The Present Tense

The Kind of Action:

The present tense primarily expresses linear action; however, depending on context can focus on a point in time. With the Greek verb the time is secondary to the type of action; therefore, the present tense is not restricted to only expressing action going on in the present time. The time element is expressed by the mode more than the tense; however, the progressive force of the present tense needs to be considered regardless of what mode it is used with, especially the Subjunctive and Optative modes.

 The Aoristic Present

Denotes point-in-time action in the present time; taking place at the moment of speaking or writing without reference to its progress.

 The Gnomic Present

Represents that which is assumed to be true at all times; simply affirming that something does happen under given circumstances.

The Historical Present

Presents a past action as though it were going on at the moment it was written. It expresses vividness in dramatic narration where the writer can still picture the events in his mind as though they were still happening and he is still involved in them.

 The Futuristic Present

Pictures a future event, which is so certain to the writer that he writes of it as though it was already taking place.

 The Descriptive Present

Represents an action now in progress; it is going on now. This is the most frequent use of the present tense and is the closest to the root idea.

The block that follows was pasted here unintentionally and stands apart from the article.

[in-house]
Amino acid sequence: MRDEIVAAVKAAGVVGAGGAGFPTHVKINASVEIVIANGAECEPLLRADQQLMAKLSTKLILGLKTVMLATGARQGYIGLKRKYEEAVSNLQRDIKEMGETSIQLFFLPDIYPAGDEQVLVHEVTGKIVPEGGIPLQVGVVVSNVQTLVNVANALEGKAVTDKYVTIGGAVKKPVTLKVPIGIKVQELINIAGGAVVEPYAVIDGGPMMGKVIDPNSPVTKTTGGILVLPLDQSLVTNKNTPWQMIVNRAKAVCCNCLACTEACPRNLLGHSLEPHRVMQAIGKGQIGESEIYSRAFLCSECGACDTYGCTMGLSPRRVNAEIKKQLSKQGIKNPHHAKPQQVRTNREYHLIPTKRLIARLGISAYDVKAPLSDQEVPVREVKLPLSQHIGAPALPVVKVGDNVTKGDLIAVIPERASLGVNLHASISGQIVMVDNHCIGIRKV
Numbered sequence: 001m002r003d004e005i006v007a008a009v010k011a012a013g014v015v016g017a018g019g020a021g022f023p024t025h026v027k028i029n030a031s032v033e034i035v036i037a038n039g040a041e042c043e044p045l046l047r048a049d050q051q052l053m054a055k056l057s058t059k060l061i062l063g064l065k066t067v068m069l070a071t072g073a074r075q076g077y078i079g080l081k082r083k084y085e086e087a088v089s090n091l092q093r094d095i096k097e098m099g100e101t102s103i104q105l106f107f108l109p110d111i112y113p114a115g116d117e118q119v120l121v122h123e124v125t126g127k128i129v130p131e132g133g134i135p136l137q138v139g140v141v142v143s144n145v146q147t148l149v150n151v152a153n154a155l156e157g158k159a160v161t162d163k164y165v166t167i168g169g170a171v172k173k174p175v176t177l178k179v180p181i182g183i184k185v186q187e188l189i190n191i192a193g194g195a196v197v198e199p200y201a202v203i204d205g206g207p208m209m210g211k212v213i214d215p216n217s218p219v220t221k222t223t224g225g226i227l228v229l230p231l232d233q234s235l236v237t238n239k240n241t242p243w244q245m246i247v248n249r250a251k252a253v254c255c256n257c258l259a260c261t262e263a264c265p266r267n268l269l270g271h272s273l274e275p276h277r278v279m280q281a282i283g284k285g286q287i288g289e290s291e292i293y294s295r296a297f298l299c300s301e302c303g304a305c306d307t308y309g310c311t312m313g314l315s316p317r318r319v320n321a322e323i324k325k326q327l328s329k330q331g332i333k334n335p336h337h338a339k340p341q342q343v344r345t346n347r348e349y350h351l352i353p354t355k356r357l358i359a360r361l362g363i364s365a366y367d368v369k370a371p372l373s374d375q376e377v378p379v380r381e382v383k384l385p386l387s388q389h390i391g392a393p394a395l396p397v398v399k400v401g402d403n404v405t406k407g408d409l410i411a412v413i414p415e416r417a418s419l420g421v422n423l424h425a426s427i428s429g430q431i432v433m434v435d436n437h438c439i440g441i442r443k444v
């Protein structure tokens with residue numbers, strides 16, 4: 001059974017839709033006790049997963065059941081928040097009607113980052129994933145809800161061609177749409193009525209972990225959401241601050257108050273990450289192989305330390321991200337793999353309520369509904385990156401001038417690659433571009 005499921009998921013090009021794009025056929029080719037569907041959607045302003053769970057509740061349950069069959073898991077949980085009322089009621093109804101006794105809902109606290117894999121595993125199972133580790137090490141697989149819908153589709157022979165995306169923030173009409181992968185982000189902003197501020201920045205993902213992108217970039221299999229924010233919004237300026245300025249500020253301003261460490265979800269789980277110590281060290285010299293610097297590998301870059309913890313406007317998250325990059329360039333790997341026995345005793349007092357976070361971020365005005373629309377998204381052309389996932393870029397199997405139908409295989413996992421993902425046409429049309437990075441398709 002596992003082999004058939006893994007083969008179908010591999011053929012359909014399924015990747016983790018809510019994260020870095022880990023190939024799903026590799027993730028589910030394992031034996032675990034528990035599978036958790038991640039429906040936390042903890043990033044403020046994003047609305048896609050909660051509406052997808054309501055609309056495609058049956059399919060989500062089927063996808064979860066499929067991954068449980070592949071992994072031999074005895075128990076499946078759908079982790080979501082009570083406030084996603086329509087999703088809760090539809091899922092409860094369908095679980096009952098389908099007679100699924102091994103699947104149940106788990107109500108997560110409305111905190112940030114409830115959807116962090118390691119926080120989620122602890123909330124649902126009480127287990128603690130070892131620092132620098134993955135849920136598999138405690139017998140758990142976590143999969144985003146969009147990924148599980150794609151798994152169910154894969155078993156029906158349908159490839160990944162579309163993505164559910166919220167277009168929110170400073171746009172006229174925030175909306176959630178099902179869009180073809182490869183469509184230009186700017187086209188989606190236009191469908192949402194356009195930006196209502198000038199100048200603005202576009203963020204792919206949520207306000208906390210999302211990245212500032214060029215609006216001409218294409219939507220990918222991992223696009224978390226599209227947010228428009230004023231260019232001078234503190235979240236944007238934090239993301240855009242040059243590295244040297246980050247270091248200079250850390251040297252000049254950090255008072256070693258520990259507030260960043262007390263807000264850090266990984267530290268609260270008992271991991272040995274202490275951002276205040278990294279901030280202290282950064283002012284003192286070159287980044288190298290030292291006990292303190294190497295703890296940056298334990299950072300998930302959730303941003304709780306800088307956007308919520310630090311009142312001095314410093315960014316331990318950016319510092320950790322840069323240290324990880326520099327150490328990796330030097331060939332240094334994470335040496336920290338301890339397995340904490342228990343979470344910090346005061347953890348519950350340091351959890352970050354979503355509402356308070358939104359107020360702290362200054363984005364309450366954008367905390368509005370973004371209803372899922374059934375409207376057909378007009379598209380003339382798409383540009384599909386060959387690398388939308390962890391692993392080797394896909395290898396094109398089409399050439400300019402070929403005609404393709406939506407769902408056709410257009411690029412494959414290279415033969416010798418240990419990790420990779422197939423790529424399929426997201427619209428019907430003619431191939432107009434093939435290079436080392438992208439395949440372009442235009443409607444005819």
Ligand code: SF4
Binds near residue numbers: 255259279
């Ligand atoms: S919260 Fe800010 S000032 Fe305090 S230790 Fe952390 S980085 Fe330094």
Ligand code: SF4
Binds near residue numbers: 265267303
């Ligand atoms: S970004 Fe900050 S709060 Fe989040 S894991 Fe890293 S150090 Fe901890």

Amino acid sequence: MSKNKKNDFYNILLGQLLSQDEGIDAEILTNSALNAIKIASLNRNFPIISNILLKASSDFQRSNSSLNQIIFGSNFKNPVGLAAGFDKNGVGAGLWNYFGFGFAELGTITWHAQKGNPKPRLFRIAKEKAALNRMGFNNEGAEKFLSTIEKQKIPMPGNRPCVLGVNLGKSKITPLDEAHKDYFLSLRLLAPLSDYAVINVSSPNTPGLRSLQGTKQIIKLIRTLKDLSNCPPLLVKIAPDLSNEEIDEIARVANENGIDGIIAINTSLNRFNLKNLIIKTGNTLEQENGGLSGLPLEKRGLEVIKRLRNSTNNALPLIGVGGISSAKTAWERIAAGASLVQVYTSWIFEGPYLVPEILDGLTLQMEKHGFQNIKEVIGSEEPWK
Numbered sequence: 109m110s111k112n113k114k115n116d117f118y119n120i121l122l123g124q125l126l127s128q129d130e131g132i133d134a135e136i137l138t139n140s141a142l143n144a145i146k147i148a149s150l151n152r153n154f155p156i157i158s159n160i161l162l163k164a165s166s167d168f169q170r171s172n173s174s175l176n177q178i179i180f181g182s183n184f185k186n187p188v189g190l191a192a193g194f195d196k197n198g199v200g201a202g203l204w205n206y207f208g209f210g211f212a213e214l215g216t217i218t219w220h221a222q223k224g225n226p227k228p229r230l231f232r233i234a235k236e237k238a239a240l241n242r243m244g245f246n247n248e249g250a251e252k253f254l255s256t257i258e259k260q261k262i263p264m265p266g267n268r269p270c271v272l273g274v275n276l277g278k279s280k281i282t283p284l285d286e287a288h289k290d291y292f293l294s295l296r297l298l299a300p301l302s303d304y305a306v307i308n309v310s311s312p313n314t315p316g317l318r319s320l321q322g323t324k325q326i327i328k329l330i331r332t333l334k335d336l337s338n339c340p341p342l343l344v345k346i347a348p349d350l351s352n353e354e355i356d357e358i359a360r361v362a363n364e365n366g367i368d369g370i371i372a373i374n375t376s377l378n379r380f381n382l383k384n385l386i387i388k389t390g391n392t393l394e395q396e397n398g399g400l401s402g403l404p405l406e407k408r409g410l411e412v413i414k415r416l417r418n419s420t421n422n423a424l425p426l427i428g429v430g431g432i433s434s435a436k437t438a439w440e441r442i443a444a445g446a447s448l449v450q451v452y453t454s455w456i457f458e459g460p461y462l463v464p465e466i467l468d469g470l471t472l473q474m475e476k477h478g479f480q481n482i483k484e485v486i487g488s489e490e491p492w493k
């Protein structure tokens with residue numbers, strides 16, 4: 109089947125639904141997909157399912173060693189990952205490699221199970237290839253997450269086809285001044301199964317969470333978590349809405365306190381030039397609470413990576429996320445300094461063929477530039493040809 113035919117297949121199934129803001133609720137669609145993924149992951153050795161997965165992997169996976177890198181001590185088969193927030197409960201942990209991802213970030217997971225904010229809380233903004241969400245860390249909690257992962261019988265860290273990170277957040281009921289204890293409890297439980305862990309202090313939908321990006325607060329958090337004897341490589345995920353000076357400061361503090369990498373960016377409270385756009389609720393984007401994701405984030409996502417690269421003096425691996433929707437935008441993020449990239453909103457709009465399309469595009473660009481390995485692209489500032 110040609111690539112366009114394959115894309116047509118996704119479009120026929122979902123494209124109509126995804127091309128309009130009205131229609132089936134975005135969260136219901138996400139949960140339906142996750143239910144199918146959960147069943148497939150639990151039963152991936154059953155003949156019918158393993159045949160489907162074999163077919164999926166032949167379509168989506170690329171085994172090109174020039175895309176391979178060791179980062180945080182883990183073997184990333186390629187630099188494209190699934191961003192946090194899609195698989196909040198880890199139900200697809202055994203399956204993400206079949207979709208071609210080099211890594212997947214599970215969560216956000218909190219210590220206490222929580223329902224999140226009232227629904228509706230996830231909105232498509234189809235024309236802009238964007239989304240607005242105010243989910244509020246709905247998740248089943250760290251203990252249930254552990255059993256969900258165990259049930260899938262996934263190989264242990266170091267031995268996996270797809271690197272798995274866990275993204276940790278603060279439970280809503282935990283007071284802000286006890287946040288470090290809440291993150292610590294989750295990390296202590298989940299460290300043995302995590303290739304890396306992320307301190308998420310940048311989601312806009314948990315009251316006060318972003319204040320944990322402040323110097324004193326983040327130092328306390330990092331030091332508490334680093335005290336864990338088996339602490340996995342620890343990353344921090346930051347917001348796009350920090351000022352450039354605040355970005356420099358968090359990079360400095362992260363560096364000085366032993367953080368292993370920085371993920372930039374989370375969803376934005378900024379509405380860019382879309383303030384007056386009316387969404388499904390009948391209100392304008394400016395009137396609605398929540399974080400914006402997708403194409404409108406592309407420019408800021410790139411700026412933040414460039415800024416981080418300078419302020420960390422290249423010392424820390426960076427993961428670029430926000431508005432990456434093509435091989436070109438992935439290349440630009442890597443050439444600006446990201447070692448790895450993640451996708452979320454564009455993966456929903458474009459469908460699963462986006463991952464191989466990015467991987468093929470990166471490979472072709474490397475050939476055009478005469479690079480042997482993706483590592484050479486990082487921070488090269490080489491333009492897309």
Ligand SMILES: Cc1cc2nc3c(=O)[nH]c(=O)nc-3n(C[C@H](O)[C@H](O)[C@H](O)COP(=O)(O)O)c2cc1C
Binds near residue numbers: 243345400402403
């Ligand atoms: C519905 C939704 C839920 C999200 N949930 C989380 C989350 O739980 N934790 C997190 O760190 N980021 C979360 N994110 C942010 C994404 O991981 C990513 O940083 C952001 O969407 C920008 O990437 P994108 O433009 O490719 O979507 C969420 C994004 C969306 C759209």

The Progressive Present

The action or state began in the past and is still in progress at the present. Usually has an adverb of time.

 The Iterative Present

The action is repeated at successive intervals or in consecutive periods.

The Customary Present

The action habitually occurs, or it may be reasonably expected to occur; it is something that usually occurs.

 The Periphrastic Present

This use adds emphasis to the linear aspect of the present tense by means of a present participle.

 The Tendential Present

The action is purposed or attempted, but is not actually taking place. It may or may not have been attempted, but it tends towards an attempt.

 The Conative Present

The action has begun or been attempted, but it is not now in progress, having been interrupted.

 The Inchoative Present

The action is just beginning at the present time, without any emphasis on the progress of the action. The emphasis is on the beginning of the action.

The Perfective Present

This use refers to a fact which has come to be in the past emphasizing the continuation of the existing results as a present reality. The results are seen as going through the present time.